Some sound advice.

grief

When I was about 7 or 8 I lost my dad. I was still a kid and may have not understood everything, but I knew dad was gone and there was nothing I could do about it.

The memories I have of that time are surreal. I had no concept of time. I was out of school for a week, but it felt like months. I saw my dad’s body in the coffin, cold to the touch, pale and sleeping. He was different but the same. My world felt like it was turned upside down where everything was ok but not. I can not explain it.

I felt hollow and empty, time slowed down, I was in a mental daze and nothing made sense, but I didn’t cry.

I saw my mom’s tears quite often that week, I still remember clearly when she came home, sat me down on our brown flowered velvet sofa with wood trim, it was early evening I think, and calmly told me of my dad’s passing. I felt nothing. Her eyes started to tear up and she scooped me up into a big hug, rocking me and saying “I’m sorry” over and over and over again. I felt her gasps and hiccups, her breath on my neck, her tears as they rolled off her face onto mine and yet I felt nothing. I became a mask, burying my feelings deep inside of me, I became a rock for my mother, I wanted to become her strength, but in reality I was not dealing with my own personal grief.

I didn’t know how to talk about it. I remember asking my mom to buy me a picture book about “dealing with death” and I would tell my classmates that I was reading this book about “death”. My classmates just gave me a look and said nothing. The book was about a young boy about my age who lost this grandfather and how he couldn’t have his grandfathers homemade pink lemonade. He resolved his situation by learning how to make the lemonade and sharing with others. I couldn’t relate to this kid no matter how many times I read that book. I clung to that book and read it so many times, the green and white diagonal stripped trim of the book, the kid sitting outside with his grampa under a tree drinking pink lemonade, the pitcher of lemonade in included, and the gampa’s smiling face, to this day I can still see it clearly in my mind. Just as clearly as I can recall my dad’s pale, cold, sleeping face resting in his coffin.

There are only two times that I recall where I truly felt something about my dad’s death. One was at the reception after the funeral. There were sandwiches and coffee for everyone. I got angry because here my dad died and everyone was enjoying sandwiches and coffee while smiling and laughing! How dare they! I was furious. When I told my mom she told me that these people are eating in memory of my father and that they were laughing because they were trying to remember the good times.  They were grieving and I still didn’t know how.

Some years later I tried to reach out, I wrote a diary entry about the loss of my dad and left it open by my bed where my mom could see it. I didn’t know how to tell her how I was feeling and I didn’t want to talk about it, but I wanted her to know so that we could be on the same page. She did find it and we talked about it. I think it helped, but I still didn’t cry.

Looking back, since my father died I seldom showed “negative” feelings. I was always the happy positive girl in school and amongst my friends. Nothing could get me down, or so it seemed, but in reality I was hiding this painful and traumatic event in me and protecting others from it or feelings like it by being “the strong one”.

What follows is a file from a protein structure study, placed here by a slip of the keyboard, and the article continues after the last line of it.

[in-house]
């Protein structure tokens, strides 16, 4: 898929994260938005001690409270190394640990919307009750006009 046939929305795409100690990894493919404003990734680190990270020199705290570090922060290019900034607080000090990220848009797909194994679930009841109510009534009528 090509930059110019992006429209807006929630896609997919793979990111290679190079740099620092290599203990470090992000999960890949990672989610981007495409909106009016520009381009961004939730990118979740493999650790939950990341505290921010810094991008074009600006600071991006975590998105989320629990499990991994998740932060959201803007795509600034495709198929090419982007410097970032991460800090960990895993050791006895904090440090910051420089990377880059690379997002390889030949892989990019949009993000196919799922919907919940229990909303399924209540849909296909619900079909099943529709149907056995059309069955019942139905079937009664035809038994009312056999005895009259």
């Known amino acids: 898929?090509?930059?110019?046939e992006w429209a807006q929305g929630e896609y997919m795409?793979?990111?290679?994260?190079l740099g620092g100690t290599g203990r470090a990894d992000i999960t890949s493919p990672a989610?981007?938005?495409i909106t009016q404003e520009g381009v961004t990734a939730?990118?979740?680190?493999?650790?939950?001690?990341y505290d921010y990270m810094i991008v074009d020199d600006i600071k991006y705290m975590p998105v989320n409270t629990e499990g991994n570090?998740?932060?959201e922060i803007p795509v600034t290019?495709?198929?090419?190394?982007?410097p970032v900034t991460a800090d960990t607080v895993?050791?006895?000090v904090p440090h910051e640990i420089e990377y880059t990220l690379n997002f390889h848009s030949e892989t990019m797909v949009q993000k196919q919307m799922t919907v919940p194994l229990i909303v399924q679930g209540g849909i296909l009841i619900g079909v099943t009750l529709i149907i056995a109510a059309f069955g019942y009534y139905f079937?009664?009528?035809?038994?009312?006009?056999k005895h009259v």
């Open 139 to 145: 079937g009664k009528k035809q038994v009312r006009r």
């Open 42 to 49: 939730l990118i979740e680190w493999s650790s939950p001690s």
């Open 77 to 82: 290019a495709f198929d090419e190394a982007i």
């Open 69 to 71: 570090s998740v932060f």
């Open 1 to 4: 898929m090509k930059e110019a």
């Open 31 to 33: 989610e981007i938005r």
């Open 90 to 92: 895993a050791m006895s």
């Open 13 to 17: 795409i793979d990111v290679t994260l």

It was not until many years later sometime after high school that I was alone and I happen to think about my dad, a passing thought really, and I just cried. I don’t know how long I cried but when I was done I was exhausted but rejuvenated and surprisingly alive. I could feel again!

Between the time of my dad’s death and the moment I just let all my grief flow out in tears, I had never cried for the death of any family member or friend, I just added it to the void. I remember each death as if it was yesterday, so I know it wasn’t because I didn’t care or they didn’t effect me, I just hid it.

When Emi died, I cried. I cried a lot. I cried for days. I still cry. Each time I cry a little bit of the pain goes away and is replaced by a happy memory or thought. Each time I cry I feel liberated from the grief. Each time I cry I am one step closer to living life. Each time I cry I give my loss a voice, and it can be heard, and it can be felt, and it can be shared and suddenly the pain and burden of the loss is lightened.

It took me over a decade to learn how to grieve and let go. My fathers death was painful, anyone who has lost a parent can attest to that. The loss of my daughter was much much worse. It would have been the death I put in the void that finally caused me to sink after year and years of drowning in grief had I not learned to morn the death of my dad and those who followed. Without this experience, I don’t think I would have survived my daughters.

As painful as it is, embrace it, feel it and don’t rush to “get over it” because you never will, this pain, this loss becomes a part of you, a part of who you are. The sooner you take it in and accept it, the sooner you start to heal. It is amazing really.

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